Remember when building a fort was fun? When covering your floor with boxes and draping a sheet over it stressed your parents out because every time they walked they banged their foot on a box or had to strategically move around your so-called "fortress" just so they wouldn't knock it down. You seriously couldn't figure out why they were so annoyed. Well....I get it! I know what you wondering, "Did it seriously take me 25 years to figure out why?" Give me a minute to explain this epiphany. I promise you will be in tears when I am done. Well not in tears, but you're interested now, right? OK so here it goes...
The weekend before thanksgiving was our "lets go through our stuff" weekend, where we packed boxes among boxes of things we would store, sell, or just plain throw away. We had so many piles of these three categories I swear I felt like I was training to join the circus with all the acrobatic movements I was doing to get around our tiny little condo. But it wasn't the piles of boxes that annoyed me or the fact that I think I might have stubbed my toes at least 12 times, it was the realization that boxes meant both the end and the beginning of a stage in life. After taking down the last frames off the walls, tears starting streaming down my face. I thought to myself, "Why in the world do I care so much about these belongings?" More than half of them were stored in a drawer or closet somewhere, and to be really honest, I have already forgotten half the stuff we have recently stored.
So why was I so sad? Well I was sad because I realized I won't get to look at my awesome possessions every day. Nope that's not it! I mean I know I have awesome stuff, but I really didn't care if my walls were bare. Maybe it's because I bought all these possessions with my hard-earned money. Nope, that still wasn't it. Then it hit me like a pile of bricks (or in this case like a pile of boxes) and I realized I wasn't actually sad, I was annoyed. I was annoyed because I am leaving every comfort I know and enjoy, and the thought of that is terrifying and also (I hate to admit it) extremely shallow. I was angry at myself for being so sad that I was boxing and selling my possessions. Seriously why do I need three hand-painted gator plates that I use only during tailgating season and then they just sit on top of my fridge collecting dust the rest of the year? Are my friends really that fancy that they need hand-painted plates to eat off of? Well I can assure you I am not that fancy, and well come to think of it, neither are my friends. That's why we are friends :)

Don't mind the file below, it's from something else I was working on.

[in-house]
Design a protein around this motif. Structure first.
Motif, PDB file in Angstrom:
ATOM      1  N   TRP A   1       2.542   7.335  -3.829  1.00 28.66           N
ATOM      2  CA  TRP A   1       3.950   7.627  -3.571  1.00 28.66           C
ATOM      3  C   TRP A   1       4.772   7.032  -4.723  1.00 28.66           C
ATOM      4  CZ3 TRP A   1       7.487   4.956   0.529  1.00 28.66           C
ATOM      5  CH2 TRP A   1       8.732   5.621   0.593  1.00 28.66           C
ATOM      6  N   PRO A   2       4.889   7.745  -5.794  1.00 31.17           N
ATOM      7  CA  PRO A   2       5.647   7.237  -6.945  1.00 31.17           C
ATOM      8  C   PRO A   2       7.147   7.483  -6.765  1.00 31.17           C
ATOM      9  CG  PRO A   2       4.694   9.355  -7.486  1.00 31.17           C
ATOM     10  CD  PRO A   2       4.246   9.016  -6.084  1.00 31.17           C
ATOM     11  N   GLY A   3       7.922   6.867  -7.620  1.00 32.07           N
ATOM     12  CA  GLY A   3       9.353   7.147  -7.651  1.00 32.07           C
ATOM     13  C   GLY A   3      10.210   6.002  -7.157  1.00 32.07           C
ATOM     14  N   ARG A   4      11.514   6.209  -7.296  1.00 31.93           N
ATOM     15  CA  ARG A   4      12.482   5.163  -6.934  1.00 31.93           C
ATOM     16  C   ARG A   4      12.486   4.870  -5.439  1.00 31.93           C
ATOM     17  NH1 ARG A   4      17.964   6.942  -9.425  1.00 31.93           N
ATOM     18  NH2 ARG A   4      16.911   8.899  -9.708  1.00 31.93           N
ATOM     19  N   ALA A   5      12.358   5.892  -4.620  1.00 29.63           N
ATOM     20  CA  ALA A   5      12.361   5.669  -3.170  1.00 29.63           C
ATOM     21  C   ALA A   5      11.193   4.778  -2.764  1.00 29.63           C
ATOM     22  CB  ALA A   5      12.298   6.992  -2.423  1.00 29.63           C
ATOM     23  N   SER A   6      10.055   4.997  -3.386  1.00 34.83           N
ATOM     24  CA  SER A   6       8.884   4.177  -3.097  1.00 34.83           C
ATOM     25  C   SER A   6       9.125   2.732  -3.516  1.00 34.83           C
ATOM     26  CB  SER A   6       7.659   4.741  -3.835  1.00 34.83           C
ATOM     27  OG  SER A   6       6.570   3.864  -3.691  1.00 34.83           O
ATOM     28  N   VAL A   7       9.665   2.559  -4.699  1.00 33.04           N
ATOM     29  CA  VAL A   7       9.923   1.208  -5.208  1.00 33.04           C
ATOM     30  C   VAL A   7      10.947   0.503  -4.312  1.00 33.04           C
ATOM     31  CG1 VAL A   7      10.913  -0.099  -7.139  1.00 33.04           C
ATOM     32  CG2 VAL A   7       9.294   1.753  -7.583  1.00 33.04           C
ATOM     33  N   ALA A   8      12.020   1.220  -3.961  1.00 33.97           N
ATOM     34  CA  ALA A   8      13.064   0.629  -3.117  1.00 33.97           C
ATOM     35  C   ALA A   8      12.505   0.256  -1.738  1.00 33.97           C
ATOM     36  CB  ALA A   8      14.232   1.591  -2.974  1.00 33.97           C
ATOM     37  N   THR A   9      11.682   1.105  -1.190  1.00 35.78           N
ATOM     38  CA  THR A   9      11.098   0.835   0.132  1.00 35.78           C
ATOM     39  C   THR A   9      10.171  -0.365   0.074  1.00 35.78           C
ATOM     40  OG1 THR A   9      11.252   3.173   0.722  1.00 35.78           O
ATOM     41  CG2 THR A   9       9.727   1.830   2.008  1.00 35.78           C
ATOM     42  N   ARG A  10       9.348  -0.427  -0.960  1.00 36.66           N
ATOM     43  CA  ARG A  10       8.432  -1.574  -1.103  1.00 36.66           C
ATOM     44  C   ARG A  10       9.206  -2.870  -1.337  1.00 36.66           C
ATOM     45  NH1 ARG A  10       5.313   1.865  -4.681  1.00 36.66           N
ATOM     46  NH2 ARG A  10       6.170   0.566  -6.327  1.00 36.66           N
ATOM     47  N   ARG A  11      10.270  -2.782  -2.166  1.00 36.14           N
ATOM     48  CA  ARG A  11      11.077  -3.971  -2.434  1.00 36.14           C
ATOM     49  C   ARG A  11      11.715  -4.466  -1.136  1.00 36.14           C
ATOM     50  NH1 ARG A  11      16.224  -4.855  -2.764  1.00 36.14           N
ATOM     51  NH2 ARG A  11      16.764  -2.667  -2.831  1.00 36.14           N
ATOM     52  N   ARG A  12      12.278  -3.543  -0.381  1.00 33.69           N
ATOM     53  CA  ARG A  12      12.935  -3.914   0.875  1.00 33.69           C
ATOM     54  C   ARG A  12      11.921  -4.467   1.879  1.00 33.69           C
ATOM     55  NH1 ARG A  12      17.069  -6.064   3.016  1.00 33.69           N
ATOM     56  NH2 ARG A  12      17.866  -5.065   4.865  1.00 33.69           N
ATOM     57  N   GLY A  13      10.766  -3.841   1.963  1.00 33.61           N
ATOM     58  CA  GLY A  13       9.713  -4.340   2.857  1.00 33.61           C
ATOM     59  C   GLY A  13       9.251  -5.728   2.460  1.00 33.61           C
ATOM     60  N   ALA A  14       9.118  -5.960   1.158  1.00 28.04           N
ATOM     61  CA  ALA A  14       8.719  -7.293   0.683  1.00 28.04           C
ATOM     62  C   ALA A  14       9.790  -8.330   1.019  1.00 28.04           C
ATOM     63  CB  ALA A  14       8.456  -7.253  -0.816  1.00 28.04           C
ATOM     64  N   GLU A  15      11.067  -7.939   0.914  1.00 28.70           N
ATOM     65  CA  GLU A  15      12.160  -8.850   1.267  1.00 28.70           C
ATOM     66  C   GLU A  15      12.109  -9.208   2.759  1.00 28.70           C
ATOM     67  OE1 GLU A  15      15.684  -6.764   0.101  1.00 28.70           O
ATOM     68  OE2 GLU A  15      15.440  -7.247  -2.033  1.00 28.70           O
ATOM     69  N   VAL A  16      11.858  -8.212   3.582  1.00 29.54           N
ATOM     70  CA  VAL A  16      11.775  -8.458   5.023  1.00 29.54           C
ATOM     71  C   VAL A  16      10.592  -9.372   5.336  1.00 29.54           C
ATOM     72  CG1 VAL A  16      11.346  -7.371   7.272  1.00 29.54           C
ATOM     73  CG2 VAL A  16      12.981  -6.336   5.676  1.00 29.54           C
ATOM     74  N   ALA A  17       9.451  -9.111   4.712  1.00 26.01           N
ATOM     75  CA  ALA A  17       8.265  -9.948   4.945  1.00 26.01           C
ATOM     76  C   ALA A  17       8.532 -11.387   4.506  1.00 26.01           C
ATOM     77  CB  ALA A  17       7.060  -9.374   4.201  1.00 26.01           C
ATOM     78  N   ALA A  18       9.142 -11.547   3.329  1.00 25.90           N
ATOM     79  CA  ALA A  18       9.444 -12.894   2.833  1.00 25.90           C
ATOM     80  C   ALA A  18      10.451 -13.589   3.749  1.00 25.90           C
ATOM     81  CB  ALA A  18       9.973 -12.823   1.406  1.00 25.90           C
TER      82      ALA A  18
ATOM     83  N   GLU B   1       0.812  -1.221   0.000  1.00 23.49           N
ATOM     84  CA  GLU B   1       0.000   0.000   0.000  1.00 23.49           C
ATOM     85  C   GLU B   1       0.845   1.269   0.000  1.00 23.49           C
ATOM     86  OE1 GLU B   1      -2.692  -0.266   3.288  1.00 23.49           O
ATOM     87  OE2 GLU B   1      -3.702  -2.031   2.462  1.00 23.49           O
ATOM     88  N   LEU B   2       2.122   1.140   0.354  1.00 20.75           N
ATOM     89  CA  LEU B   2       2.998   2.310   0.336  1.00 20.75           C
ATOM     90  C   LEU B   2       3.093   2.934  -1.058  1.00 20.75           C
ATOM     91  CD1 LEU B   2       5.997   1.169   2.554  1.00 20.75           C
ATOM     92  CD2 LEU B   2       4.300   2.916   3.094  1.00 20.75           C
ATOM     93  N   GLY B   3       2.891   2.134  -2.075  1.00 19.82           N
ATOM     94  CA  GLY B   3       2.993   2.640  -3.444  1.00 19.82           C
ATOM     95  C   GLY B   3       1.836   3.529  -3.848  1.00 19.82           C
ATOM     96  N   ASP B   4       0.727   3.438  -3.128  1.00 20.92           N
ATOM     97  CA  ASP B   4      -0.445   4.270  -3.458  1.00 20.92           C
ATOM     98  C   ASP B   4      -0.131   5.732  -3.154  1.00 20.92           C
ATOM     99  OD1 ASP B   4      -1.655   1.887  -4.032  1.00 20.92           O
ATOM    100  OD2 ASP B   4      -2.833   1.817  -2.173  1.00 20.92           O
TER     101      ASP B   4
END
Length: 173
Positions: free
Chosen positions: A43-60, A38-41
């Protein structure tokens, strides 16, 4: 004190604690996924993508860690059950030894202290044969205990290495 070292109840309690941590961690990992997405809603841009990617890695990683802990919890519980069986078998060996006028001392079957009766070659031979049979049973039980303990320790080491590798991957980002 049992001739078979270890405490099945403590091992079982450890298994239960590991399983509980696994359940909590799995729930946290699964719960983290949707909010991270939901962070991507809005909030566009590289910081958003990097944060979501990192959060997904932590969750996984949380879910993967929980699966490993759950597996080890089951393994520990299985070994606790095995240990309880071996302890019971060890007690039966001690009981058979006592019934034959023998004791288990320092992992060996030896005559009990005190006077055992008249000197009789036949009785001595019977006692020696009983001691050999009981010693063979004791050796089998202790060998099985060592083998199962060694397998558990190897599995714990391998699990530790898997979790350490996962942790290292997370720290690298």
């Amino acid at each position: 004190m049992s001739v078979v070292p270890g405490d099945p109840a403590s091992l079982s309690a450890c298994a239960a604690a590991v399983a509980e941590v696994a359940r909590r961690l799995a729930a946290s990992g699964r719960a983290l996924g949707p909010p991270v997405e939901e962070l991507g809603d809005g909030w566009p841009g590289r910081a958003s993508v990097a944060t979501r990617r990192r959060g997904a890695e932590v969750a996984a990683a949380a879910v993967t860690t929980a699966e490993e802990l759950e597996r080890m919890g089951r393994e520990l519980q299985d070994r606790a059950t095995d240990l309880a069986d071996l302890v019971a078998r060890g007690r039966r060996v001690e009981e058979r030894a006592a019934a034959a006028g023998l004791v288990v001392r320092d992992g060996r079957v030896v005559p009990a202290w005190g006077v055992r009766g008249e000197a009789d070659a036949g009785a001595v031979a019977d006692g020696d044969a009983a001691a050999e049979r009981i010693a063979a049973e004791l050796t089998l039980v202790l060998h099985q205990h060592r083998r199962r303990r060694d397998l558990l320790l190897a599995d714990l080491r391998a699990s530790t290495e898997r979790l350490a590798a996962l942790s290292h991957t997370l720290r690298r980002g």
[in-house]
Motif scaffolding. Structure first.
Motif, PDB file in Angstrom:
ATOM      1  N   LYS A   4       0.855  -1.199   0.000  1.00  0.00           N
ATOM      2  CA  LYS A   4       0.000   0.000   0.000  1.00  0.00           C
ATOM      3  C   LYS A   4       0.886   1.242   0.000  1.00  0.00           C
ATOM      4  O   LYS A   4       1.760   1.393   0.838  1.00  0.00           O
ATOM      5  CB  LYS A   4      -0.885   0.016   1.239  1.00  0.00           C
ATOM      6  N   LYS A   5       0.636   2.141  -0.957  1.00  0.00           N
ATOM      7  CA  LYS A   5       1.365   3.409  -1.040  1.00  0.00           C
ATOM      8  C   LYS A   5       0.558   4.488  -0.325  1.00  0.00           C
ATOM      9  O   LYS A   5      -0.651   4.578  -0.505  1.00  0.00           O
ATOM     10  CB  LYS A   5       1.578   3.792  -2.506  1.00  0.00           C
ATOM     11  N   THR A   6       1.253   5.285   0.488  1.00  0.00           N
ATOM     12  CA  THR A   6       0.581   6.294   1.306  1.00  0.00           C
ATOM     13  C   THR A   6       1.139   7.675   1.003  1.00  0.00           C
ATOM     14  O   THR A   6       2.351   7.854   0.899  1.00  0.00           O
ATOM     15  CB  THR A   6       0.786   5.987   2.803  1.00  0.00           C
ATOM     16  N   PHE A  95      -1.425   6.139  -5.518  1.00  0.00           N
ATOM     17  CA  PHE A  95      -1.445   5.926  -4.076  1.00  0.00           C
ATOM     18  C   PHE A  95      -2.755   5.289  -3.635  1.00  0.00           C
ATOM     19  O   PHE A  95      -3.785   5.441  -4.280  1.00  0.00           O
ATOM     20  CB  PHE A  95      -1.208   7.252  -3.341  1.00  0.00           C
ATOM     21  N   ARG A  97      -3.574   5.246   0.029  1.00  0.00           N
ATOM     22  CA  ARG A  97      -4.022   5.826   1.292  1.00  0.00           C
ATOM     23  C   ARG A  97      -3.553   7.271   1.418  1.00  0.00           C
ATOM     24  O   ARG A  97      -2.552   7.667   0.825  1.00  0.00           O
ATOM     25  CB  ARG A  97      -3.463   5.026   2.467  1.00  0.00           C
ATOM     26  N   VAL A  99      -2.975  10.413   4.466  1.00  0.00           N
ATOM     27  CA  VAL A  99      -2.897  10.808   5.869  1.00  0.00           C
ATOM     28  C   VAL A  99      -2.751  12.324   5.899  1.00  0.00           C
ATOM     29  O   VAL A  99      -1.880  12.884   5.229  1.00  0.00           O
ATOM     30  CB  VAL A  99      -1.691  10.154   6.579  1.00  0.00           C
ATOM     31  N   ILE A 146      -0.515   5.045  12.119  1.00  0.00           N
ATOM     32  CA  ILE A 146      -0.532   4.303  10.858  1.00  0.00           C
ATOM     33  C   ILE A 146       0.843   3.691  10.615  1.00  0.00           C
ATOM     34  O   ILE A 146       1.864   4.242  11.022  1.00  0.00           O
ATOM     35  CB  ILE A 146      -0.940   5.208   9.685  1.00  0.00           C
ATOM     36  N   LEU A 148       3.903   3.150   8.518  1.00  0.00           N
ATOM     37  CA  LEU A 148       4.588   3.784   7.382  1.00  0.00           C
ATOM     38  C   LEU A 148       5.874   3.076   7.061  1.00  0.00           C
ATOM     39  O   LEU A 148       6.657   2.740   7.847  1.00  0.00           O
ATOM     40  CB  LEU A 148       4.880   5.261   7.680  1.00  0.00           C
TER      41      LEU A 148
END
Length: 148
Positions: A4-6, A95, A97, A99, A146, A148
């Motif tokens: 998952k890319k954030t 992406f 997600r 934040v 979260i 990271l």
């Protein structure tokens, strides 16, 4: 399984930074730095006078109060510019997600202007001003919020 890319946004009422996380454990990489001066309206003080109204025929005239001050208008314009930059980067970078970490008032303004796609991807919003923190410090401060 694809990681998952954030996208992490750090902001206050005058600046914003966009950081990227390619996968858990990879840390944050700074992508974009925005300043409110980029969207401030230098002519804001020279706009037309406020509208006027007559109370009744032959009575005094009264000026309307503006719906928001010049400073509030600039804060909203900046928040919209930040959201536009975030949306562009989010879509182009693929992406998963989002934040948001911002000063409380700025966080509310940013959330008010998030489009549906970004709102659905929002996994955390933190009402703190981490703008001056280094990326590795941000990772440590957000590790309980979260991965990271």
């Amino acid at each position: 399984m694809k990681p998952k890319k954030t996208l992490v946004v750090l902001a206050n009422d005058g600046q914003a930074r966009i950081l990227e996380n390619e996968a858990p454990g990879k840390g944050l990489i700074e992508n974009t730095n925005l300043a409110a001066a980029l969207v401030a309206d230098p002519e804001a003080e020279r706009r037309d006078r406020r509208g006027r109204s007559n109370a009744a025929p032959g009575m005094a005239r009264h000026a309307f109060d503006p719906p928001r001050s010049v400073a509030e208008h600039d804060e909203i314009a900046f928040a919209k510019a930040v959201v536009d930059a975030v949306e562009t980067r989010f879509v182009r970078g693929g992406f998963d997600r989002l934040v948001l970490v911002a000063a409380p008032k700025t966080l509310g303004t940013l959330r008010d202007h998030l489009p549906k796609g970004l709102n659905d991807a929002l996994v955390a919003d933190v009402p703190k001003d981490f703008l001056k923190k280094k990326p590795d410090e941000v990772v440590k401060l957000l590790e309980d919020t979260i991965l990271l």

By no means am I trying to sound enlightened. I know it's going to suck not having a blow dryer or my awesome Tempurpedic pillow while in Guyana, and I can guarantee when I come back I will be yearning for these things I once boxed up. The point is that it is really hard to let go of physical things, even though we all know money doesn't buy happiness.
But now I think I understand why my parents were annoyed at my fortress building, well at least I think I do. Other than it really is annoying to have to live among boxes and stub your toes over and over again; whether you are moving in with someone for the first time, moving down the street, to another state or country you lose a bit of your treasured comfort, and that's hard to swallow. I am still dealing with this loss and will probably deal with it for awhile, especially after the first time I have to hand-wash my own clothes...Oh jeez what am I getting myself into. But I really am happy that I get to challenge myself in a way I never imagined.
Anyway the weekend was difficult, but nothing a good meal and martini and some light-hearted conversation with "Nate the Great" doesn't make better.
Till next time.